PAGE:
Heart Risk Assessments Ignore Poverty

But economics make a big difference in who gets proper care, experts say

FRIDAY, Sept. 16, 2005 (HealthDay News) -- Thousands of lives are being put at risk because factors linked to poverty and class aren't included when experts assess patients' risk for heart disease, British researchers conclude.

This failure to include economic deprivation as a standard risk assessment means that many people are not receiving the lifesaving preventive treatment they need, according to the study.

Currently, when estimating a patient's risk for cardiovascular trouble, doctors look at the standard risk factors of blood pressure, smoking, cholesterol, age, sex and diabetes, pulling them together in the internationally used Framingham Risk Score.

But poverty is not included, even though there's a recognized link between economic hardship and poor health. The study authors said that economic deprivation is left out because there is such variation in country-by-country definitions of deprivation. That makes it difficult to develop an international standard, they said.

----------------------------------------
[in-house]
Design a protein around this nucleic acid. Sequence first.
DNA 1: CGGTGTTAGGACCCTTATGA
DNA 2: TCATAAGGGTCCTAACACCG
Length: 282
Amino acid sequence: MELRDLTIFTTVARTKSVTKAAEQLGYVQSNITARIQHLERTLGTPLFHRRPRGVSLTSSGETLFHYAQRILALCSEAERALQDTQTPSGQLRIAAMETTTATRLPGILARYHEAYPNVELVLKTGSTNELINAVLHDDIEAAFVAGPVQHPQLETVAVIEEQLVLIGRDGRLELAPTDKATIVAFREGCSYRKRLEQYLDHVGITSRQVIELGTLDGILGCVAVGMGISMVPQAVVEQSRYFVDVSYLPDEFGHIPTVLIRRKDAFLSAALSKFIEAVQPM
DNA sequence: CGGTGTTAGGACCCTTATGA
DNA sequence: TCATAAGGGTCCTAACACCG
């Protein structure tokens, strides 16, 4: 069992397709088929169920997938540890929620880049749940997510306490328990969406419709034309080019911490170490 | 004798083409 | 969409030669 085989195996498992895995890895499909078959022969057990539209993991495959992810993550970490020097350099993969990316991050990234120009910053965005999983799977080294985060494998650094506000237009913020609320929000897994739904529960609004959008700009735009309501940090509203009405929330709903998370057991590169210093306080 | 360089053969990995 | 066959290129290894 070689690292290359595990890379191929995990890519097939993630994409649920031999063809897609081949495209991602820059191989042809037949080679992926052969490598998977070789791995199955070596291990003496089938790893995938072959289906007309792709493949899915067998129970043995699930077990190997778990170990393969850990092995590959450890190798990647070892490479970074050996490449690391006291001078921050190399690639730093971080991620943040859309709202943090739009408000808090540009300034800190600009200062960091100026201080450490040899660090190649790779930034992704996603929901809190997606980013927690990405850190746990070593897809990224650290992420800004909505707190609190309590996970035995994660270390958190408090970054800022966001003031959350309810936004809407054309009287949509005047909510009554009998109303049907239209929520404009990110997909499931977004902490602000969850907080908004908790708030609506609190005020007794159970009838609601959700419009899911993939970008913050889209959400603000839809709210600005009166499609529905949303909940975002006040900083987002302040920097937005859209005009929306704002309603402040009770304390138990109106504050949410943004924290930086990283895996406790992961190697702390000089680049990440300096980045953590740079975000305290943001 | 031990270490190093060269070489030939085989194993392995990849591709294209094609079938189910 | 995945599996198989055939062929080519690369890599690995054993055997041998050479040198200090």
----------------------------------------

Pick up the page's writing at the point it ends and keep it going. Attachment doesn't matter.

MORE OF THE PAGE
Reporting in the Sept. 15 online edition of Heart, researchers at the Cardiovascular Epidemiology Unit at the University of Dundee retrospectively analyzed 10 years of data on 13,000 Scottish men and women using a new deprivation score -- the Scottish Index of Multiple Deprivation (SIMD) -- that includes 31 indicators of economic hardship.

They used the SIMD to compare the "observed risk" of death and illness from heart disease to the "expected risk" using the Framingham score.

The Scottish team found a modest difference in expected risk between the most- and least-deprived people in the study. But there was a sharp difference -- fivefold in women -- in the actual, observed risk between the most- and least-deprived people.

Under the Framingham score, the most-deprived 20 percent of people would receive only half as much primary preventive care in proportion to their future level of heart disease, the researchers said, compared with the least-deprived 20 percent of people.

More information

The American Medical Association has more about heart disease risk factors.

SOURCE: BMJ Specialist Journals, news release, Sept. 115, 2005
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